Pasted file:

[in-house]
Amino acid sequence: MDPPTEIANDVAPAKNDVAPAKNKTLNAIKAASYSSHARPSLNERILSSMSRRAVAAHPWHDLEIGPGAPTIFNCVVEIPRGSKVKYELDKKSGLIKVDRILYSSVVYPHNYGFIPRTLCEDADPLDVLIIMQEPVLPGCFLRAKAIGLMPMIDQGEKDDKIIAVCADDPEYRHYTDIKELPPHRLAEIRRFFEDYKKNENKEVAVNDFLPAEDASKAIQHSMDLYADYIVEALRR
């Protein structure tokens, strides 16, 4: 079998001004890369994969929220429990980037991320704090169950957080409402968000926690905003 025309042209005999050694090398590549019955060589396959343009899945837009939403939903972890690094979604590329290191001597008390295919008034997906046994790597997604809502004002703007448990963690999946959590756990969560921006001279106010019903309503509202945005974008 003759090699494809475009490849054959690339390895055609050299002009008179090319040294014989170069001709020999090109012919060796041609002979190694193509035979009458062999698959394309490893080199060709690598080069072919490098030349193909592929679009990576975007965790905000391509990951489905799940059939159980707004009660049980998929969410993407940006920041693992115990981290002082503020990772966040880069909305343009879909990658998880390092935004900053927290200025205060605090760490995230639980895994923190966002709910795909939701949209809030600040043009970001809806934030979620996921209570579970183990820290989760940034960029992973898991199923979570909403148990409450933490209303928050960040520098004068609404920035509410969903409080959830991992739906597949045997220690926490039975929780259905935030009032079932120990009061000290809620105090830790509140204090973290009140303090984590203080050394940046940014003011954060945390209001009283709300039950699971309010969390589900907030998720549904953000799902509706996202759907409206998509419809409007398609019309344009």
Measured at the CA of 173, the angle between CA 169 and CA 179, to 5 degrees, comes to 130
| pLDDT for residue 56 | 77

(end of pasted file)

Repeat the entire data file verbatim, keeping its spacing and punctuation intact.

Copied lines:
[in-house]
Amino acid sequence: MDPPTEIANDVAPAKNDVAPAKNKTLNAIKAASYSSHARPSLNERILSSMSRRAVAAHPWHDLEIGPGAPTIFNCVVEIPRGSKVKYELDKKSGLIKVDRILYSSVVYPHNYGFIPRTLCEDADPLDVLIIMQEPVLPGCFLRAKAIGLMPMIDQGEKDDKIIAVCADDPEYRHYTDIKELPPHRLAEIRRFFEDYKKNENKEVAVNDFLPAEDASKAIQHSMDLYADYIVEALRR
């Protein structure tokens, strides 16, 4: 079998001004890369994969929220429990980037991320704090169950957080409402968000926690905003 025309042209005999050694090398590549019955060589396959343009899945837009939403939903972890690094979604590329290191001597008390295919008034997906046994790597997604809502004002703007448990963690999946959590756990969560921006001279106010019903309503509202945005974008 003759090699494809475009490849054959690339390895055609050299002009008179090319040294014989170069001709020999090109012919060796041609002979190694193509035979009458062999698959394309490893080199060709690598080069072919490098030349193909592929679009990576975007965790905000391509990951489905799940059939159980707004009660049980998929969410993407940006920041693992115990981290002082503020990772966040880069909305343009879909990658998880390092935004900053927290200025205060605090760490995230639980895994923190966002709910795909939701949209809030600040043009970001809806934030979620996921209570579970183990820290989760940034960029992973898991199923979570909403148990409450933490209303928050960040520098004068609404920035509410969903409080959830991992739906597949045997220690926490039975929780259905935030009032079932120990009061000290809620105090830790509140204090973290009140303090984590203080050394940046940014003011954060945390209001009283709300039950699971309010969390589900907030998720549904953000799902509706996202759907409206998509419809409007398609019309344009």
Measured at the CA of 173, the angle between CA 169 and CA 179, to 5 degrees, comes to 130
| pLDDT for residue 56 | 77